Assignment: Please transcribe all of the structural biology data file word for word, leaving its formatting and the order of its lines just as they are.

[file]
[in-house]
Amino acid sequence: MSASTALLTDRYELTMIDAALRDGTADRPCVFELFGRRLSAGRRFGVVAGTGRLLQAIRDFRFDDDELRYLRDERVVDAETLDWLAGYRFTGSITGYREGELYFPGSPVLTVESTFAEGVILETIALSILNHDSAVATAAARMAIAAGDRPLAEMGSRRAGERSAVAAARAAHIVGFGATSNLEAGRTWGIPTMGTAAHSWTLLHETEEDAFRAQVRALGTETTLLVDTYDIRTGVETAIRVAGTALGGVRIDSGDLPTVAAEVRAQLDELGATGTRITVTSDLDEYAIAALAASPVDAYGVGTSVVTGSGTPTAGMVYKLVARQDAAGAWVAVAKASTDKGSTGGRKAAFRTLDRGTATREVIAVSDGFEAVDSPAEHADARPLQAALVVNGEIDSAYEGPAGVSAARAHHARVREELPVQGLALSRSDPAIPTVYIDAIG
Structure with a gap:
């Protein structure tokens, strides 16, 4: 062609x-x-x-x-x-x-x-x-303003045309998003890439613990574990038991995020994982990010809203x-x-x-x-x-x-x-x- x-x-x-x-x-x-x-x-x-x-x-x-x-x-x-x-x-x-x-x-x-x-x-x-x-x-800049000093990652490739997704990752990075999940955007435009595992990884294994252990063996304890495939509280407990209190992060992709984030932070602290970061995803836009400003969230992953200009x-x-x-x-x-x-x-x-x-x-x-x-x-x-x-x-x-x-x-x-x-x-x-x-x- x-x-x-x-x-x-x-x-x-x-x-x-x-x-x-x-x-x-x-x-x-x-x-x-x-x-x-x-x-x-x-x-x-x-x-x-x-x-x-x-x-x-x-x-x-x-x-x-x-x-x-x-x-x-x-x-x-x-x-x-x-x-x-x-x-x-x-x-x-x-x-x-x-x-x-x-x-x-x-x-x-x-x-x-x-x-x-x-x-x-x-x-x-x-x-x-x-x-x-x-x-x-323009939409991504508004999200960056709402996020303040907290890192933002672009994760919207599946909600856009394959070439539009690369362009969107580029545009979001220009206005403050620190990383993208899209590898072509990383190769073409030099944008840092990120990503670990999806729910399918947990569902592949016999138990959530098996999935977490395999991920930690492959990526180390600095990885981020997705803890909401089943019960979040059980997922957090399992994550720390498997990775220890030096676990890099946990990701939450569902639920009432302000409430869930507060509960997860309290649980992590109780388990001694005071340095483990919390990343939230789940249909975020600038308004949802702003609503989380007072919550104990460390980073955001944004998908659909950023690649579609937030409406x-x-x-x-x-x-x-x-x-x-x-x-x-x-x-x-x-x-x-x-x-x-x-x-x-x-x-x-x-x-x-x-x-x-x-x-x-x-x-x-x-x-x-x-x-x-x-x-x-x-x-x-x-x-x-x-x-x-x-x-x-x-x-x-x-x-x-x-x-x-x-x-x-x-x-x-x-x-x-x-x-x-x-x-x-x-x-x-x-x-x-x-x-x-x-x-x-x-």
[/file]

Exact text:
[in-house]
Amino acid sequence: MSASTALLTDRYELTMIDAALRDGTADRPCVFELFGRRLSAGRRFGVVAGTGRLLQAIRDFRFDDDELRYLRDERVVDAETLDWLAGYRFTGSITGYREGELYFPGSPVLTVESTFAEGVILETIALSILNHDSAVATAAARMAIAAGDRPLAEMGSRRAGERSAVAAARAAHIVGFGATSNLEAGRTWGIPTMGTAAHSWTLLHETEEDAFRAQVRALGTETTLLVDTYDIRTGVETAIRVAGTALGGVRIDSGDLPTVAAEVRAQLDELGATGTRITVTSDLDEYAIAALAASPVDAYGVGTSVVTGSGTPTAGMVYKLVARQDAAGAWVAVAKASTDKGSTGGRKAAFRTLDRGTATREVIAVSDGFEAVDSPAEHADARPLQAALVVNGEIDSAYEGPAGVSAARAHHARVREELPVQGLALSRSDPAIPTVYIDAIG
Structure with a gap:
């Protein structure tokens, strides 16, 4: 062609x-x-x-x-x-x-x-x-303003045309998003890439613990574990038991995020994982990010809203x-x-x-x-x-x-x-x- x-x-x-x-x-x-x-x-x-x-x-x-x-x-x-x-x-x-x-x-x-x-x-x-x-x-800049000093990652490739997704990752990075999940955007435009595992990884294994252990063996304890495939509280407990209190992060992709984030932070602290970061995803836009400003969230992953200009x-x-x-x-x-x-x-x-x-x-x-x-x-x-x-x-x-x-x-x-x-x-x-x-x- x-x-x-x-x-x-x-x-x-x-x-x-x-x-x-x-x-x-x-x-x-x-x-x-x-x-x-x-x-x-x-x-x-x-x-x-x-x-x-x-x-x-x-x-x-x-x-x-x-x-x-x-x-x-x-x-x-x-x-x-x-x-x-x-x-x-x-x-x-x-x-x-x-x-x-x-x-x-x-x-x-x-x-x-x-x-x-x-x-x-x-x-x-x-x-x-x-x-x-x-x-x-323009939409991504508004999200960056709402996020303040907290890192933002672009994760919207599946909600856009394959070439539009690369362009969107580029545009979001220009206005403050620190990383993208899209590898072509990383190769073409030099944008840092990120990503670990999806729910399918947990569902592949016999138990959530098996999935977490395999991920930690492959990526180390600095990885981020997705803890909401089943019960979040059980997922957090399992994550720390498997990775220890030096676990890099946990990701939450569902639920009432302000409430869930507060509960997860309290649980992590109780388990001694005071340095483990919390990343939230789940249909975020600038308004949802702003609503989380007072919550104990460390980073955001944004998908659909950023690649579609937030409406x-x-x-x-x-x-x-x-x-x-x-x-x-x-x-x-x-x-x-x-x-x-x-x-x-x-x-x-x-x-x-x-x-x-x-x-x-x-x-x-x-x-x-x-x-x-x-x-x-x-x-x-x-x-x-x-x-x-x-x-x-x-x-x-x-x-x-x-x-x-x-x-x-x-x-x-x-x-x-x-x-x-x-x-x-x-x-x-x-x-x-x-x-x-x-x-x-x-």